Louisiana Baptist Message Executive Editor Will Hall was absent while serving in his other role as director of the Louisiana Baptist Office of Public Policy.
Hall was in Baton Rouge to testify against H.B. 605, legislation that would seriously hinder religious liberty in the field of Christian counselling and looms to negatively impact the Granberry Counselling Ministry, Louisiana Christian University, New Orleans Baptist Theological Seminary as well as individual practitioners, Horn said.
Horn offered updates to the Board from a written report provided by Hall, noting that the news outlets’ plan to offer additional digital services in 2022 was on hold while the Baptist Message seeks a new technology firm to complete the work.
He also shared that the senior students enrolled in an LCU computer science capstone course had recently completed a project in which they developed an offline mirror website of the Baptist Message. They made recommendations to improve the architectural design and functionality of the digital platform and some of the changes will be incorporated into the live site later this year.
Regarding the work of the Office of Public Policy, Horn added that Hall is helping to move S.B. 44, Fairness in Women’s Sports Act, through the legislative process. The bill bans biological males from replacing biological females from teams designated for women.
The Office of Public Policy also is working with Rep. Laurie Schlegel to pass H.B. 142 which, if signed into law, will substantially penalize tech companies that do not institute technology to protect children from accidental or intentional access to pornography.
Additionally, Horn said, Hall is working to help shepherd several pro-life bills through the House and Senate, as well as legislation that strengthens parental rights.
EXECUTIVE BOARD PRESIDENT MESSAGE
Executive Board President Dustin Stockstill, (pastor, Bedico Baptist Church, Ponchatoula), cautioned board members not to drift from their commitment to Christ.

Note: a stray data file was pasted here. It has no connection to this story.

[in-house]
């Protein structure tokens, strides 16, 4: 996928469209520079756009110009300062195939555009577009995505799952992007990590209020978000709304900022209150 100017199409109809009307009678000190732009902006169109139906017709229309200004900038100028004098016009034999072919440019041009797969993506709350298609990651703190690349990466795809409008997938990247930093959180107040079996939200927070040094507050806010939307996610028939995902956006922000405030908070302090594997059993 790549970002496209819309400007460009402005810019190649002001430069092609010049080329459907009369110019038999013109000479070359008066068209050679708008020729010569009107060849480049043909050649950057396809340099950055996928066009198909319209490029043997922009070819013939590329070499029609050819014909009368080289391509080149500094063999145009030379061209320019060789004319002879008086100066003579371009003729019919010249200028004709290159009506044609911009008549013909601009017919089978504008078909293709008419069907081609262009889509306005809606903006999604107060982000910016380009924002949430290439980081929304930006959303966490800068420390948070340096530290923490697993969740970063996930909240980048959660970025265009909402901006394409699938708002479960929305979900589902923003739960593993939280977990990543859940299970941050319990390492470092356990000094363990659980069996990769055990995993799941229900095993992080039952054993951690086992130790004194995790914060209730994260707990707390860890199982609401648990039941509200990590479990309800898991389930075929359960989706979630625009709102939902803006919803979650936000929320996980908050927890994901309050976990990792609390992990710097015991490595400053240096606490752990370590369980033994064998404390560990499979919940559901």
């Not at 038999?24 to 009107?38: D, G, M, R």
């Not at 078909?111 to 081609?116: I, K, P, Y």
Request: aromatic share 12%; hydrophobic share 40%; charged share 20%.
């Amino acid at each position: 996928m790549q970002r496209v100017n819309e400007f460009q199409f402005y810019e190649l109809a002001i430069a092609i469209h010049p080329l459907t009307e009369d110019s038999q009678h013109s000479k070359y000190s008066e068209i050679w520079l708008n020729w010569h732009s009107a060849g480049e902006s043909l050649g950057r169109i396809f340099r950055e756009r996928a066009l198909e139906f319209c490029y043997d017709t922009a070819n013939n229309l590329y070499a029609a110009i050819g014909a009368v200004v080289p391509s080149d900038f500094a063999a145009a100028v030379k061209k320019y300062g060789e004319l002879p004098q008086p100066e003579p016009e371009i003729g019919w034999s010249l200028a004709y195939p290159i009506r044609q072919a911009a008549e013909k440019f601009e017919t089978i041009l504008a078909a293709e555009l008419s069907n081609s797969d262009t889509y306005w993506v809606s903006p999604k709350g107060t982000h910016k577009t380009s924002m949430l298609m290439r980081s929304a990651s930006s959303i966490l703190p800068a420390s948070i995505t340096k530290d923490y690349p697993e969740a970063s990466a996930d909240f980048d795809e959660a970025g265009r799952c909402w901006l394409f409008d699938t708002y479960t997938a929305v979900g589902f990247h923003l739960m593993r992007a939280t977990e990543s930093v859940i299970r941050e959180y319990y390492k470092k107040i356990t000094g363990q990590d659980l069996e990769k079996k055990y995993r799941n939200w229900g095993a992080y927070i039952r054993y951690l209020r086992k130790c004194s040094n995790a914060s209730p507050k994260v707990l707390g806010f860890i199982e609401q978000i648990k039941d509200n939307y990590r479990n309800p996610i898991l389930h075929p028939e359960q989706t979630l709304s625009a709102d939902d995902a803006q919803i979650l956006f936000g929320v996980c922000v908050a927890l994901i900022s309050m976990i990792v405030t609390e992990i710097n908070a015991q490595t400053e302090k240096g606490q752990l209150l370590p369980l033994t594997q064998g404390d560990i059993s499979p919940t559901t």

Preaching from Hebrews 2:1-4, Stockstill said Christ followers must be focused on what is important. He added that Jesus’ followers must remain focused and not go into isolation from God.
“We drift away from those priorities we consider so important to us,” he said. “If we aren’t careful that personal drift will lead us away from God. And if we’re not careful in our churches that same drift will lead us away from the Gospel.”
Louisiana Baptist Convention President Reggie Bridges (pastor, Temple Baptist Church, Ruston) encouraged board members to use their spiritual gifts.
Drawing from 2 Kings 2, Bridges said Louisiana Baptists face many unknowns and are at a crossroads much like Elisha after his mentor, Elijah, was taken to heaven.
He said God is with His children amid the difficulties and uncertainties.
“The promise of God holds true today,” he said. “There are so many things that pass away but God’s Promise and Word will never pass away.”
The Louisiana Baptists Mission Support Committee approved $252,000 in grants for church planting projects across Louisiana. Among those areas slated for new churches are New Orleans, Baton Rouge, Rosepine, Prairieville and Shreveport.
Church building grants also were approved for works in St. Mary, Rapides, and Terrebonne Parishes.